With patients taking on more and more responsibility for the management of their own healthcare and experiencing first-dollar exposure for the actual costs of prescription medications, should a PBM continue to decide which medications prescribers and their patients select as optimal for their care? When PBMs make these decisions based in large part on the scope and depth of the rebates that manufacturers are willing to pay, the resultant limitations on patient choice seem especially cynical. How did we get to a point where one healthcare company can pay another to block patient access to a competing product in the marketplace?

An Existential Threat to Manufacturers

Given the recent vertical integration trifecta of Aetna/CVS (a payor/retailer combination), Cigna/ESI (a payor/PBM combination) and Walgreens/AmeriSource Bergen (a retail/wholesale combination), now is a good time to think about the next logical step in the evolution of increasingly narrow formularies. If the PBM and the retailer are the same company, what motivation would they have to even stock non-formulary drugs in their stores? If wholesalers can’t get them into stores, why should they even include such medications in their supply chain or distribution networks? CVS and Walgreens comprise no less than a 40-percent share of the US retail pharmacy marketplace. The manufacturers of products excluded from these companies’ formularies face an existential threat when it comes to medications in which they’ve invested billions of dollars to research, develop and commercialize. Overnight, that investment could be all but wiped out by a large PBM/retailer partnership that decides not to stock their product.

The upward trend of mergers and acquisitions throughout the healthcare industry means that the scenario described above isn’t just pessimistic speculation. It’s only a matter of time before patient access to medication via traditional retail channels is defined by singular corporate entities who control both the playing field and the rules of the game. And that’s just brick-and-mortar retail. With its acquisition of mail-order pharmacy PillPack, Amazon’s entry into the space represents a consolidated corporate force majeure on the online flank of the competitive landscape as well.

Leveraging Brand Loyalty with Direct-to-Patient

To survive in this new industry paradigm, pharmaceutical manufacturers are going to have to take their fate into their own hands. Only by establishing independent, direct-to-patient channels can manufacturers ensure that the massive investments they’ve made and continue to make into innovation and development won’t be subject to the whims of PBMs and retailers who deem their products cost prohibitive. By utilizing direct-to-patient platforms driven by e-commerce and anticipatory logistics, manufacturers will always have an ace up their sleeve when it comes to patient access, engagement and retention. Brand loyalty, after all, is a powerful thing. Manufacturers can leverage that loyalty by engaging patients on the clinical value of their brand and offering a more consumer-friendly alternative to the fragmented and overly complex traditional pharmacy process—an alternative that is fully automated and streamlined by e-commerce technology designed with the patient in mind.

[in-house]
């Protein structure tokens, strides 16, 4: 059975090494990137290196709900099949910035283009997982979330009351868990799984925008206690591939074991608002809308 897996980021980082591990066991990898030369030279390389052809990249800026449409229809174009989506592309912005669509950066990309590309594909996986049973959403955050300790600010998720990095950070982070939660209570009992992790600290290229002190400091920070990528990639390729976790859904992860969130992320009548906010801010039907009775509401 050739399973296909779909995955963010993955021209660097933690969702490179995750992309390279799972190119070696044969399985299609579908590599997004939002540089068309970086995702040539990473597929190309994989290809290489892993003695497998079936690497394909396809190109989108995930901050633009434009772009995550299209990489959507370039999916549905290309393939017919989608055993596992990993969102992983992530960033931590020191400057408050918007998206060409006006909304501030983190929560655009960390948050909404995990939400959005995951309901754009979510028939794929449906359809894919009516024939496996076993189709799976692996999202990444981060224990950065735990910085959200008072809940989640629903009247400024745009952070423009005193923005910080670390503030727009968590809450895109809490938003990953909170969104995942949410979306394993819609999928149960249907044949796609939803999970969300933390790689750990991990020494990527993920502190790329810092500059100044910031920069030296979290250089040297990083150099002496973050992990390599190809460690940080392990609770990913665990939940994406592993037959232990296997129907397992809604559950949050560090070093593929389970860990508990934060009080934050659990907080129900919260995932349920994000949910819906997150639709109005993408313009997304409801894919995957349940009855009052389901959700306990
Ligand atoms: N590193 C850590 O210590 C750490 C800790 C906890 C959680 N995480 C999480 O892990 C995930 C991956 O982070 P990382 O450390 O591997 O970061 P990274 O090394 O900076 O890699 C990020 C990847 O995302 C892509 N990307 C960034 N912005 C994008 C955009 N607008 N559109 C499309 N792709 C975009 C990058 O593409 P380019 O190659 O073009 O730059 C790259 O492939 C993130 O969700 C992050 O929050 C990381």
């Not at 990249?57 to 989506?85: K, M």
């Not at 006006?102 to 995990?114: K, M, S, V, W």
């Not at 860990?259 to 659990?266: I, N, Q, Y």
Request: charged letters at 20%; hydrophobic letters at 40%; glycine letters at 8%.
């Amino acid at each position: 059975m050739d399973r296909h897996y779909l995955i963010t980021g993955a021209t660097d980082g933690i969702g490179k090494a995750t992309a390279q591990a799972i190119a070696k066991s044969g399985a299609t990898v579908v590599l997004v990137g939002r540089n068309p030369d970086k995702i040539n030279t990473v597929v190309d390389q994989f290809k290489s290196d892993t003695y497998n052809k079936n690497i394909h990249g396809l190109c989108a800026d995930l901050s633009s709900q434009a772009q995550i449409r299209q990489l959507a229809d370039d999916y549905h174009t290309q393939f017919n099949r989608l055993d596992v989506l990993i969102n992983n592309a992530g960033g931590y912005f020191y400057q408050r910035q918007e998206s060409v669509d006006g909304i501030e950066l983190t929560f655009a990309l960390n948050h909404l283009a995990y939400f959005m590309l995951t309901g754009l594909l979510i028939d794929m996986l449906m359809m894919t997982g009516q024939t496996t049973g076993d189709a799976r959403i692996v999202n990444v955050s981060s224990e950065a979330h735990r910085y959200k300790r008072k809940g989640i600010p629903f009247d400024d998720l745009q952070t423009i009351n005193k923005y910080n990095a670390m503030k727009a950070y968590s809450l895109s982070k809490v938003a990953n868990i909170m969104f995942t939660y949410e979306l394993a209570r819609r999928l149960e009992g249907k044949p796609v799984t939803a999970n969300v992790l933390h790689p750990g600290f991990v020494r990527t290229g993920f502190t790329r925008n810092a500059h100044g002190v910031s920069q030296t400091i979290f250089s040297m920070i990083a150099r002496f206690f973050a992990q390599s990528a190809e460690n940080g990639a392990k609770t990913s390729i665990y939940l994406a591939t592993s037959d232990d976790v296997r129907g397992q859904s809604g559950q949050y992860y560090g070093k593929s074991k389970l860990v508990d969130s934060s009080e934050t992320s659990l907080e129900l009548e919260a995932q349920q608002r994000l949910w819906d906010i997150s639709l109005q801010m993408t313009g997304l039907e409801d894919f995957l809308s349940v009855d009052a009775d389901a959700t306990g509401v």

The reality is that today’s formulary lists are pay to play, and rebates are the cost of admission. But increasingly narrow formularies are just the tip of the iceberg when it comes to the challenges that pharmaceutical manufacturers will face in the years ahead. Brands that approach these challenges with passive strategies dependent on traditional channels risk facing existential threats to core products. Manufacturers that tackle these challenges head on, with independent, direct-to-patient platforms at the ready, will be poised to define the future of the industry themselves, rather than letting it define them.

The Amazon Pharma Threat

POSTED BY

Robert J. Feeney, Jr. , Founder and CEO

The global retailer’sentry into the pharmacy space means manufacturers need direct-to-patient solutions to counter the infamous “Amazon effect.”

Amazon has entered the pharmacy business. After years of increasing speculation, the company finally made it official by acquiring PillPack, a relatively new niche player in the mail-order and adherence packaging space, for a reported $1 billion in late June. With the purchase, Amazon acquired pharmacy licenses in 49 states (all except Hawaii). While the company was already actively supplying products to hospitals and healthcare facilities and recently announced a partnership with Berkshire Hathaway and JP Morgan Chase to manage employee healthcare costs, Amazon’s acquisition of PillPack suggests it has its sights set on becoming a significant player in the half-a-trillion-dollar U.S. pharmaceutical industry.